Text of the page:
THE BEGINNING

We’ve gone nostalgia crazy and seminal album playbacks have just hit a new low, says Daniel Dylan Wray.

peterhook

We’ve gone nostalgia crazy and seminal album playbacks have just hit a new low, says Daniel Dylan Wray

A classic album played in its entirety by a band you love; perhaps even your favourite album by them, what a novel and intriguing idea, no? Of course it is, but like all things novel its has a limited shelf-life, and based on current events, the expiry date for this now tired format has well and truly past.

Five years ago when ATP devised the ‘Don’t Look Back’ series it was a genuinely exciting prospect; today it sadly serves to highlight the fickleness of a flailing industry and illuminate the opportunists. Instead of being used sparingly and wisely it has become not just a bandwagon and a cash cow, but has turned into something almost laughable.

Whether you argue that bands divulging into this are doing it for money or for nostalgic reasons, surely both are somewhat detrimental? When Yeah Yeah Yeahs performed ‘Fever To Tell’ in its entirety at ATP back in December, for example, it was a sad but pertinent admission by the band. Here they are, just three albums deep in a career that hasn’t even stretched a decade and they are already acknowledging that they peaked on their debut record. And that can hardly aid progression and development when their ideas are so firmly rooted in things they have already accomplished.

For some it’s a fond reminder and a chance to play songs that have remained shelved for some years, and bands surely have every right to take a brief trek down memory lane, which often leads to astounding results. However, for others their motives appear to border on lunacy. And Peter Hook, I’m looking at you here – you who feels it a wise and fitting testament to mark the 30th anniversary of Ian Curtis’ death by playing seminal debut album ‘Unknown Pleasures’ in its entirety without any of the remaining band members. If this is what this whole experiment has culminated in then surely it’s time to pull the plug?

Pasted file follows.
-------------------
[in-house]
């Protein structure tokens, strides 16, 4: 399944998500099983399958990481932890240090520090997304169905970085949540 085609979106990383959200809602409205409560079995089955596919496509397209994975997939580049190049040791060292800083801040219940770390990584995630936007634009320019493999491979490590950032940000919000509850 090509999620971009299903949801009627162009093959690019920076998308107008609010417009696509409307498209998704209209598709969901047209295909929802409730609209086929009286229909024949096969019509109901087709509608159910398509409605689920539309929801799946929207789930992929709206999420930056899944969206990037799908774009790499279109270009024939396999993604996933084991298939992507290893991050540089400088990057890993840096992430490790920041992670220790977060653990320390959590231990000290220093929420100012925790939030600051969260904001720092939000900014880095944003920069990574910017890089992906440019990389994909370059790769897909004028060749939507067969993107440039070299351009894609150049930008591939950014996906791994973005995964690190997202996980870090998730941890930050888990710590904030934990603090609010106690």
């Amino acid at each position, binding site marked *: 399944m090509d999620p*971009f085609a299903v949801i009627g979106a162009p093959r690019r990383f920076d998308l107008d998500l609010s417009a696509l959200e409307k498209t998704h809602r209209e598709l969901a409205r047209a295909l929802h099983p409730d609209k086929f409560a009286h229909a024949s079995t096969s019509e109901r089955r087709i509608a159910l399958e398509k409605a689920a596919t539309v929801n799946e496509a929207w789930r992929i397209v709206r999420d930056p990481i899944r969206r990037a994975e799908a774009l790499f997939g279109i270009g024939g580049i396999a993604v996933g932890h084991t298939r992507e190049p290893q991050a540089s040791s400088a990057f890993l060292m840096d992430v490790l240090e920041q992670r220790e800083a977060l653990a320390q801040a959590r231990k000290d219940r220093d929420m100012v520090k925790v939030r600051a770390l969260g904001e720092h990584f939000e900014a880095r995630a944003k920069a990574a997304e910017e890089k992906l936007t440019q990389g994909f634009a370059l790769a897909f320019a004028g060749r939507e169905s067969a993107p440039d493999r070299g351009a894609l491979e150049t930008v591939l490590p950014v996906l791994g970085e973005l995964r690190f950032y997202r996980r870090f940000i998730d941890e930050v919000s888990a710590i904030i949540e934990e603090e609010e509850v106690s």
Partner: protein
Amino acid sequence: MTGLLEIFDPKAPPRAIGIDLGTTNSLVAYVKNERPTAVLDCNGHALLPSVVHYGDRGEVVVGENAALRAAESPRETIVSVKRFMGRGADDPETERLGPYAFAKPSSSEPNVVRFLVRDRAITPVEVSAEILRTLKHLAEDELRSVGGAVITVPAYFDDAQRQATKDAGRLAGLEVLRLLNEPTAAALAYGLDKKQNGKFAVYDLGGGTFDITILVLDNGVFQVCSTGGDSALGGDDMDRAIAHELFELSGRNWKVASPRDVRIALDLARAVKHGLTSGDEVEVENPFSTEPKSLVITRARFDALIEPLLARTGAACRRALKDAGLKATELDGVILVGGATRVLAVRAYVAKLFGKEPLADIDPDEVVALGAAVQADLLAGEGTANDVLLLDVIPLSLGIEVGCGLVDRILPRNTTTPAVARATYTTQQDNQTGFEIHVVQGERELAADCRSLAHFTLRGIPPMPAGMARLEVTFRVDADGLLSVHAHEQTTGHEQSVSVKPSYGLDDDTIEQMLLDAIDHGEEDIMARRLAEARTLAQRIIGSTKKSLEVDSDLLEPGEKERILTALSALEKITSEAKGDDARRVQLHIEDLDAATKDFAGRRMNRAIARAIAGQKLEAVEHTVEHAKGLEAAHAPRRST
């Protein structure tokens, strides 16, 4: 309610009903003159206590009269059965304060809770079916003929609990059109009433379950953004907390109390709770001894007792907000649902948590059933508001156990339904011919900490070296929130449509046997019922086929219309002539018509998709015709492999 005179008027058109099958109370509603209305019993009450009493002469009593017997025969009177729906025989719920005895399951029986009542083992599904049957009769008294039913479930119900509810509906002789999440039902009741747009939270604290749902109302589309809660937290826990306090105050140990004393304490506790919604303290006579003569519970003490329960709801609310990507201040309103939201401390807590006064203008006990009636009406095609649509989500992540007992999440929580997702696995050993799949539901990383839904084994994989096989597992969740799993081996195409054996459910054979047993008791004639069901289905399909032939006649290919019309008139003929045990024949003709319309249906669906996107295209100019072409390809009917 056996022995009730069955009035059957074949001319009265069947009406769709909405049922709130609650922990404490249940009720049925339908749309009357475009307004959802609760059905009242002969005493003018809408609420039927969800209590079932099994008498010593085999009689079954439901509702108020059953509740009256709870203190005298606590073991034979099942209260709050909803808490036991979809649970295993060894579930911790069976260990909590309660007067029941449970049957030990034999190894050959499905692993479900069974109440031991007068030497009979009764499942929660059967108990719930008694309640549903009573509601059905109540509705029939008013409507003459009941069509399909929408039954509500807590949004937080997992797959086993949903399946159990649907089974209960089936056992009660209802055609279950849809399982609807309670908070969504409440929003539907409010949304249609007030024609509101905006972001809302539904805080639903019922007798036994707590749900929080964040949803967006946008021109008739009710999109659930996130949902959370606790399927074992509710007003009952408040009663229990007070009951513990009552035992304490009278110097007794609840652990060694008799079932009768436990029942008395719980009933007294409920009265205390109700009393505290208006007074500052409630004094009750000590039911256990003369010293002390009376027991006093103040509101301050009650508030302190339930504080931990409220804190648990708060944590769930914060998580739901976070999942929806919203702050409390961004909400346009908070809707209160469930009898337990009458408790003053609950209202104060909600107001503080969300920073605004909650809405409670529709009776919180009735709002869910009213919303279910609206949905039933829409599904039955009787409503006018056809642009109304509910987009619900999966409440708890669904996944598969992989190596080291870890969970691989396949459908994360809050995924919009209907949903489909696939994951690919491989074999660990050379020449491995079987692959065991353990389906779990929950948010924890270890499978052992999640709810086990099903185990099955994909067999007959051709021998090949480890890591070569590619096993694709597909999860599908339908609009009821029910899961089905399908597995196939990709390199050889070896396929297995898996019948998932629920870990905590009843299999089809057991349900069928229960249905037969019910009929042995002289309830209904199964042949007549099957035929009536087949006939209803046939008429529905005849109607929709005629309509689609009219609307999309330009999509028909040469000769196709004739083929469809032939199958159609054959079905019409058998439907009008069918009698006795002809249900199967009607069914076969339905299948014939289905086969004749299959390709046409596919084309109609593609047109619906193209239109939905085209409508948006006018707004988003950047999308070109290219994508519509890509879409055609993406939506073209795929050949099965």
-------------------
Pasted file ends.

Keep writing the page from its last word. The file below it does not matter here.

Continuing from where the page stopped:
‘Unknown Pleasures’ is an album drenched in so many sparse, delicate and haunting atmospherics that it subsequently owes so much to every member of Joy Division, as well as to producer Martin Hannett. Either Peter Hook is blind sighted, stubbornly ignorant or broke, or perhaps all of the above. Nostalgia should be short-lived – a brief and fond memory, looking over your shoulder, not drawn out into a financial motive. And we’re to blame too, I guess – unable to resist seeing ‘Doolittle’ or ‘Daydream Nation’ played from front to back, either in denial or simply not bothered by the motive behind such shows.

And although we should abstain and support progression, development and forward thinking in music, not line people’s regressive pockets, it’s not say the entire notion has been a failure – far far from it. Some performances have been blistering and done with genuine fondness and good intention. For example, Lou Reed’s reincarnation of ‘Berlin’ served as a wonderful example of the ‘Don’t Look Back’ format, and one that righted a lot of wrongs that surrounded the album lambasted an abomination upon release (see the original Rolling Stone review). Without a second stab with hindsight in tow, Reed would have never been able to perform the record as he’d always intended to but never previously managed.

Some things, though, are just better left in the past. If you weren’t around to hear ‘Raw Power’ live when it came out the chances are it’s a better idea to accept that. It’s a part of rock history, which will disappear itself if we forever recreate it. At our current rate, following Yeah Yeah Yeahs ‘Fever To Tell’ debacle, Arctic Monkeys will be performing ‘Whatever I Say I Am…’ on a yearly basis, and then Klaxons will have to do the same with a record that’s three years old. It all makes the next via step Justin Beiber’s album played in its entirety before it’s even been released. And not even Beiber himself would want that.

By Daniel Dylan Wray

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Originally published in issue 18 (vol 3) of Loud And Quiet. June 2010

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